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Essential yet marginalized, migrant farmworkers face healthcare insecurities


Victor Cortez, a migrant farm laborer originally from Mexico, has worked dairy farms across New York for almost 15 years. He currently works on a farm in Wyoming County.

Right now, he said, the coronavirus has him and everyone else with whom he works worried.

“We’re isolated from the population, and we continue working. We haven’t stopped and we keep working,” Cortez said in Spanish. “Our worry is, if we get infected what would happen to us? What plan is there for us?”
Victor Cortez is a migrant farmworker on a Wyoming County dairy farm. - PHOTO PROVIDED BY VICTOR CORTEZ
  • Victor Cortez is a migrant farmworker on a Wyoming County dairy farm.
As essential workers, migrant farm laborers are continuing operations. They are also one of the most vulnerable populations if exposed to the virus, however, because many fear they won't have access to medical care.

“As people without status, we don’t have access to hospitals. We don’t have access to doctors,” Cortez said.

If that happens, that could affect New York state’s agricultural economy.

Cortez explained that it is up to farmers to establish a plan for their migrant workers if they get sick. He said he and other workers use gloves daily and have been given masks and that, so far, no one has fallen ill on his farm.

Steve Ammerman, of the New York Farm Bureau, said while the organization can’t mandate farmers do anything, it is encouraging farms to have a plan for workers, and looking to expedite on-site testing.

“The only thing we can do is to try and prepare as much as possible and be as safe as possible with our practices in order to try and keep the spread as low as we can,” Ammerman said.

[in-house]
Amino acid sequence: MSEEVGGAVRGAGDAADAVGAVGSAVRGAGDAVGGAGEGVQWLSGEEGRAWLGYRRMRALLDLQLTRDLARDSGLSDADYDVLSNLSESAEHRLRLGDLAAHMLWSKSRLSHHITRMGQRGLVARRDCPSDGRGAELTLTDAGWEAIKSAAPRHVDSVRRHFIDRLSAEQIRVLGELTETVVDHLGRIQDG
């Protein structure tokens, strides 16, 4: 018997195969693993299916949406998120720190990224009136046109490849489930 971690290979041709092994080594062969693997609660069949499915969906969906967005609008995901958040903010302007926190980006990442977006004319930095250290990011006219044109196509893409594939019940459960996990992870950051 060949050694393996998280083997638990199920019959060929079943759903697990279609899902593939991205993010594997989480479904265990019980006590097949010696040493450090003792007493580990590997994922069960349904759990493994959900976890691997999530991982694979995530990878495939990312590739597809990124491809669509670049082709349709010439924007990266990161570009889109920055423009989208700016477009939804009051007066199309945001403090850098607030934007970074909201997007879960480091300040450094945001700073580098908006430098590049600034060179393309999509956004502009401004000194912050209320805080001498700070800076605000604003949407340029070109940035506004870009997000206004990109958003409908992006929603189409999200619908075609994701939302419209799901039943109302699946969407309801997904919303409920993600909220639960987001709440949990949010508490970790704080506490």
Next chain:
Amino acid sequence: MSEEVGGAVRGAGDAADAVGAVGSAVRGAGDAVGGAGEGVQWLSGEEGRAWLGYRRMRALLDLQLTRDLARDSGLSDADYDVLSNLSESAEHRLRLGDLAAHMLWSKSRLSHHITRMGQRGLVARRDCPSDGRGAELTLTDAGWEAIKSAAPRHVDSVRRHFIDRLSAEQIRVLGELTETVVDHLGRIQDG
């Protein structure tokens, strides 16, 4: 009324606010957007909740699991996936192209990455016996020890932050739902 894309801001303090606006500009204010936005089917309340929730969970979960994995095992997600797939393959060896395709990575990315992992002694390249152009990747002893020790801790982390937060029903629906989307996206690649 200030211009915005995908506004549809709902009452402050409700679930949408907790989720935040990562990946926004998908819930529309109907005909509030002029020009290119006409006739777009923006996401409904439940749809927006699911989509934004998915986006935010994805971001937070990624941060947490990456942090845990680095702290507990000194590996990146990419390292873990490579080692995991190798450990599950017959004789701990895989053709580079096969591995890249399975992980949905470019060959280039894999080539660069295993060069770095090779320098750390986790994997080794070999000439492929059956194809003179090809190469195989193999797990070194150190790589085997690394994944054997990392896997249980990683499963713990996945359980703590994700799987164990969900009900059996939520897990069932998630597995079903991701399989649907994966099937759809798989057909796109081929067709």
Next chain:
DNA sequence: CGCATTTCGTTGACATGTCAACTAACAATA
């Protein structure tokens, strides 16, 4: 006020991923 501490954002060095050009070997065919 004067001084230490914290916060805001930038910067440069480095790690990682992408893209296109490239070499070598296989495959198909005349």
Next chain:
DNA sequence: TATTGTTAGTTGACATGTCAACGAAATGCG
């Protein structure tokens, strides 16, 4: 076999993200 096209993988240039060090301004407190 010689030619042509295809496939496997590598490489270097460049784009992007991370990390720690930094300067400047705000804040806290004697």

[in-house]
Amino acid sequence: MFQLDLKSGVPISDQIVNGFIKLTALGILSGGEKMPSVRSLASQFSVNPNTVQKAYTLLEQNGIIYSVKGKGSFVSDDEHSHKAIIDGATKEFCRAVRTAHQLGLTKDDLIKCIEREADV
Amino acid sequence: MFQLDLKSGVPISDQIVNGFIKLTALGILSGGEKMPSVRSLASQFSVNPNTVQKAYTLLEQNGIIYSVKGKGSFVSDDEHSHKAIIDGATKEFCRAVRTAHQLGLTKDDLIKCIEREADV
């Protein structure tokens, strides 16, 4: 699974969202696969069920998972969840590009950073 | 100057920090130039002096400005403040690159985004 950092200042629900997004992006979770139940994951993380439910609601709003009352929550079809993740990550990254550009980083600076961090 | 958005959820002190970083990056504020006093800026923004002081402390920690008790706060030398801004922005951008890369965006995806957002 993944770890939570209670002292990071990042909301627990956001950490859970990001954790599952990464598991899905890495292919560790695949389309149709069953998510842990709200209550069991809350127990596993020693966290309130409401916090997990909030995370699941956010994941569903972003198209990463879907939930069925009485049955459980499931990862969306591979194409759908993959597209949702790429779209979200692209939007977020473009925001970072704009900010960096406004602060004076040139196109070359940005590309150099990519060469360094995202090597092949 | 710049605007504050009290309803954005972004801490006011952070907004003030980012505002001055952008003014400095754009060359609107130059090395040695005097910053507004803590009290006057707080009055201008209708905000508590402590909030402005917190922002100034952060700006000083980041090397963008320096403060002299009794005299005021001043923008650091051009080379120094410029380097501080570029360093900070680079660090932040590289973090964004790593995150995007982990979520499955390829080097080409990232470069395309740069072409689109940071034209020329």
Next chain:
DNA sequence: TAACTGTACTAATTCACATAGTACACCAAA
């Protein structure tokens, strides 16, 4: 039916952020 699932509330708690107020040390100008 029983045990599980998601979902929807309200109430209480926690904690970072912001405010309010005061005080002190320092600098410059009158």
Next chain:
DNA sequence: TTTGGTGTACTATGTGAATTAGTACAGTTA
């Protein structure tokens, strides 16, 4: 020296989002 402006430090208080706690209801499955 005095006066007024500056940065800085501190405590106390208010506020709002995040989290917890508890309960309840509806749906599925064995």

The potential lack of access to care is something that’s also concerning to Emma Kreychee with Worker Justice Center of New York, an organization that works directly with migrant workers.
A migrant farmworker. - PHOTO PROVIDED BY WAMC.ORG
  • A migrant farmworker.

She said that as recently as January farmworkers were granted rights to collectively bargain and access certain benefits, like family leave and emergency paid sick leave. Yet many farmworkers aren’t aware of the rights, she said.

Additionally, she said, fears of encountering Immigration and Customs Enforcement have kept migrant workers and undocumented immigrants from visiting food pantries or seeking help.

“People are afraid that if they go to the emergency room or if they seek out assistance that they will be deported, that they will be reported to immigration officials,” Kreyche said

Apart from that, immigrants who aren’t citizens, including those who have paid taxes, will not be receiving a stimulus check. Kreyche said coronavirus is exacerbating the vulnerabilities of migrant farmworkers under normal conditions.  She cast it as a humanitarian issue that can affect food security and the economy if not addressed.

“This pandemic is really showing us how fragile our food system is insofar as it relies so heavily on the labor of people who are exploited and marginalized and vulnerable,” she said.

“If farmworkers are affected in any kind of widespread way by this virus I think we will see real interruptions in our food supply,” she added.

Worker Justice Center of New York is coordinating support for affected workers, and Kreyche said she hopes that efforts to work with Governor Andrew Cuomo’s office will lead to solutions.

Cortez said that a little help would make a difference.

Noelle E. C. Evans is a reporter for WXXI News, a media partner of CITY. She can be reached at